I stopped at the coke stop just before camp and had a drink but sadly it wasn’t really even cool.

Up the last hill and across the river to camp – it could have been a great spot, but a request got lost in translation – some local people had been paid to clear the site for us, unfortunately they’d done it by chopping all the scrub down, then setting fire to it! So recently that when David and Eleanor had got to camp it had still be alight – they’re now busy clearing other areas to give us somewhere we can actually camp!

Somewhat surprisingly Sharita and the dinner truck also here – some long hours of night-time bush bashing through Liberia and they had made it through with only a few battle scars (Sharita’s words :-).

Between the two trucks there was some lunch available – pre-made sandwiches, bread, fruit, and as soon as she could manage it some soup as well!

From there we settled in for the long wait for the other trucks to arrive. Others came in and eventually the baggage truck arrived and we were able to get our tents up and out of our riding gear which after the second 10 hour day in damp sweaty clothing was a real relief!

Some enterprising ladies saw a business opportunity and set themselves up washing bikes for 10k – the equivalent of €1 which included the effort it took to get the water up form the river to camp – an absolute bargain from our perspective and a good money-earner from theirs!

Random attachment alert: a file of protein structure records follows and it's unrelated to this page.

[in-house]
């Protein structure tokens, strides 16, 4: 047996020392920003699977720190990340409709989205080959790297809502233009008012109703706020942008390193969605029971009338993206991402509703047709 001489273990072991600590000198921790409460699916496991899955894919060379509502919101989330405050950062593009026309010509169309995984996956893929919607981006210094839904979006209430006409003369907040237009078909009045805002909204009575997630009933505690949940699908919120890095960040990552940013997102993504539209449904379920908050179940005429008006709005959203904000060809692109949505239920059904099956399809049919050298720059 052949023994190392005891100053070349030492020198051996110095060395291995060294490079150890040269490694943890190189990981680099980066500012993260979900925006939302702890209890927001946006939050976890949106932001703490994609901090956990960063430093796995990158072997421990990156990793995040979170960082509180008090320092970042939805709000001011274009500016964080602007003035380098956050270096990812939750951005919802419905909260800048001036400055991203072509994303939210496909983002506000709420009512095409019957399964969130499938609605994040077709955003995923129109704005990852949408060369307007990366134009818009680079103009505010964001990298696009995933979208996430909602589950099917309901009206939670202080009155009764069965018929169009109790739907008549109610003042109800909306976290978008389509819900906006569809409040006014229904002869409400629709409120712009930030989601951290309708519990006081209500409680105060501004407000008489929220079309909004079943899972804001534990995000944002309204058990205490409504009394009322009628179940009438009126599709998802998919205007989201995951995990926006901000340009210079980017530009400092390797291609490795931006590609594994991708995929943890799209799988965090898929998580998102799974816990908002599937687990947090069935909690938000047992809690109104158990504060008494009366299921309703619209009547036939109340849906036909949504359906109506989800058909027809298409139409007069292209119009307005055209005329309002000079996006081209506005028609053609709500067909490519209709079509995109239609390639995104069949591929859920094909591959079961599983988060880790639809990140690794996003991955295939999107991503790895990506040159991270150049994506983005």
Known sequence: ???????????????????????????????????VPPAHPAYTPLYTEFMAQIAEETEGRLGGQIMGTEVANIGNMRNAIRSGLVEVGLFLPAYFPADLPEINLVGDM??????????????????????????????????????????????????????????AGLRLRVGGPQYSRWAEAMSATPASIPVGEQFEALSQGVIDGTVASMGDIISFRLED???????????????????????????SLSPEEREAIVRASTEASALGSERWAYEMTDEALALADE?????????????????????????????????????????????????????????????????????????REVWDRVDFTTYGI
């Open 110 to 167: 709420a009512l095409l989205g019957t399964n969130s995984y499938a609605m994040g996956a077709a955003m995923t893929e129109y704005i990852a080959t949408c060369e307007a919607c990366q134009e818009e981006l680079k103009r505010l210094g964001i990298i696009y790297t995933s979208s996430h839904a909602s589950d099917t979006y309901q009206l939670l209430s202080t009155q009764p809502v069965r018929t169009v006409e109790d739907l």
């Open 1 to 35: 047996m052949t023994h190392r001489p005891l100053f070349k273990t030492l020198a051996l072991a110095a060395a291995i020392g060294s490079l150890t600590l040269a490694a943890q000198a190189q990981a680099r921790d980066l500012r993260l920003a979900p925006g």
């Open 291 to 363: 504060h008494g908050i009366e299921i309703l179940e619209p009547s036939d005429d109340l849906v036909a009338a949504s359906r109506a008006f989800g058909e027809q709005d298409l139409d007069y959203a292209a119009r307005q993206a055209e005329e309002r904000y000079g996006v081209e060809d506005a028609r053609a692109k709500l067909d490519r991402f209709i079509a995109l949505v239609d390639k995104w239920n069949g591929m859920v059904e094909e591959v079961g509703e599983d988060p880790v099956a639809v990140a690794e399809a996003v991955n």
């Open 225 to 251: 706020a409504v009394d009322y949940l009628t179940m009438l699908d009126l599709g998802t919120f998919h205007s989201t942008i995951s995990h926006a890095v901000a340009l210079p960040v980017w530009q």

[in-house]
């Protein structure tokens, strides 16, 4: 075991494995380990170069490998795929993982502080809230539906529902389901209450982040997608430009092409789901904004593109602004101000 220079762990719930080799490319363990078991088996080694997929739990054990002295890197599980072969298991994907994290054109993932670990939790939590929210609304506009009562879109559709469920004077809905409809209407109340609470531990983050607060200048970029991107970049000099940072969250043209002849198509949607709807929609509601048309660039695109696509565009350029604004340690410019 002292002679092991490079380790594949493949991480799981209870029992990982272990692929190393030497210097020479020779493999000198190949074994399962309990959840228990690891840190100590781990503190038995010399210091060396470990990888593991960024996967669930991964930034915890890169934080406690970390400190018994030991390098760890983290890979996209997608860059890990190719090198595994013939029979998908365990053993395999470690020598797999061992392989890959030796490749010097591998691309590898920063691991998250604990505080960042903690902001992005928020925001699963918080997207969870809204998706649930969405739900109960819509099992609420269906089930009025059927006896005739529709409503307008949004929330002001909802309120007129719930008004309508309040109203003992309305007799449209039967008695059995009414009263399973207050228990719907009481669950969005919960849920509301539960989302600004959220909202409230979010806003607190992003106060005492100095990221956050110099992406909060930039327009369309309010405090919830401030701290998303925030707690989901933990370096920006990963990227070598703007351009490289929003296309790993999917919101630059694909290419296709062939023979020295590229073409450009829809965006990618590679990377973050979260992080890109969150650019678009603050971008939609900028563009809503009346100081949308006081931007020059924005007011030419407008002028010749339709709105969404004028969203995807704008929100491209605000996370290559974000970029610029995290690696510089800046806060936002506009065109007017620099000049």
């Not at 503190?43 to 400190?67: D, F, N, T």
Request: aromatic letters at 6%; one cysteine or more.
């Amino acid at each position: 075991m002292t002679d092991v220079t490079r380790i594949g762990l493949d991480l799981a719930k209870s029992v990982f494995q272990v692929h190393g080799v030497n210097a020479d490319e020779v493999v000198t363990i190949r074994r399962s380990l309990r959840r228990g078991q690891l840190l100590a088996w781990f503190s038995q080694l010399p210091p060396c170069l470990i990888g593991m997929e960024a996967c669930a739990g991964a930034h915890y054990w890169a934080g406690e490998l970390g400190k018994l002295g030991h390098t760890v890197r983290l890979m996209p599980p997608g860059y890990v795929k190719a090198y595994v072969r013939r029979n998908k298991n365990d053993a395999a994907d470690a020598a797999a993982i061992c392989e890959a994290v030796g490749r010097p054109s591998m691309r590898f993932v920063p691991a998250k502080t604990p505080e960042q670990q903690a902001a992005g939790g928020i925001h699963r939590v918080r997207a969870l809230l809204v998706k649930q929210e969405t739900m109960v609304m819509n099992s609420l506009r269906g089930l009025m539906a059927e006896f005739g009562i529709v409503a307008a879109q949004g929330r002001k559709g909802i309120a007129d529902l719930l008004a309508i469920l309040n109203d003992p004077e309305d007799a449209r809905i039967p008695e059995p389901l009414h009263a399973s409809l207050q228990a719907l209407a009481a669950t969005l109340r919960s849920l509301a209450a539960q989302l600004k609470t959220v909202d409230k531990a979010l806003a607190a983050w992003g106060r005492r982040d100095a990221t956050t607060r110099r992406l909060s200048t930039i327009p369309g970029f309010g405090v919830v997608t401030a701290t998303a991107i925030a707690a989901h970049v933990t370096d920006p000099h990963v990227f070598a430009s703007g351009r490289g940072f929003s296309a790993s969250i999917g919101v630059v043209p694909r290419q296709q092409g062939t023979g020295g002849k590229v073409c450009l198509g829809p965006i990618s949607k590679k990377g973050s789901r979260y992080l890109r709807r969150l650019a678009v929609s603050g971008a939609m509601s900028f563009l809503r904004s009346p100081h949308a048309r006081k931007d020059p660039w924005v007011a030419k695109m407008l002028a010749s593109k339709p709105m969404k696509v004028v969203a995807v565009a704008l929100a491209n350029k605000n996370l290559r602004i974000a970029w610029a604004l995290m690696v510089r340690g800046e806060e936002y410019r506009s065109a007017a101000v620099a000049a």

We’d all been trying to find as much shade as we could, but in the end that didn’t prove necessary. As soon as the sun was gone the temperature began to drop, and with it the dew, so flies were hastily added to tents before things got too damp inside.

Riders’ meeting and dinner at 1800 tonight, so closer to ‘on time’ but still somewhat later to allow for the trials and tribulations of the day.

By the time I was heading for bed it was clear that it was going to get pretty chilly over night, so I pulled out my sleeping bag for the first time in many weeks!

View from my tent

Selfie of the day

Riding data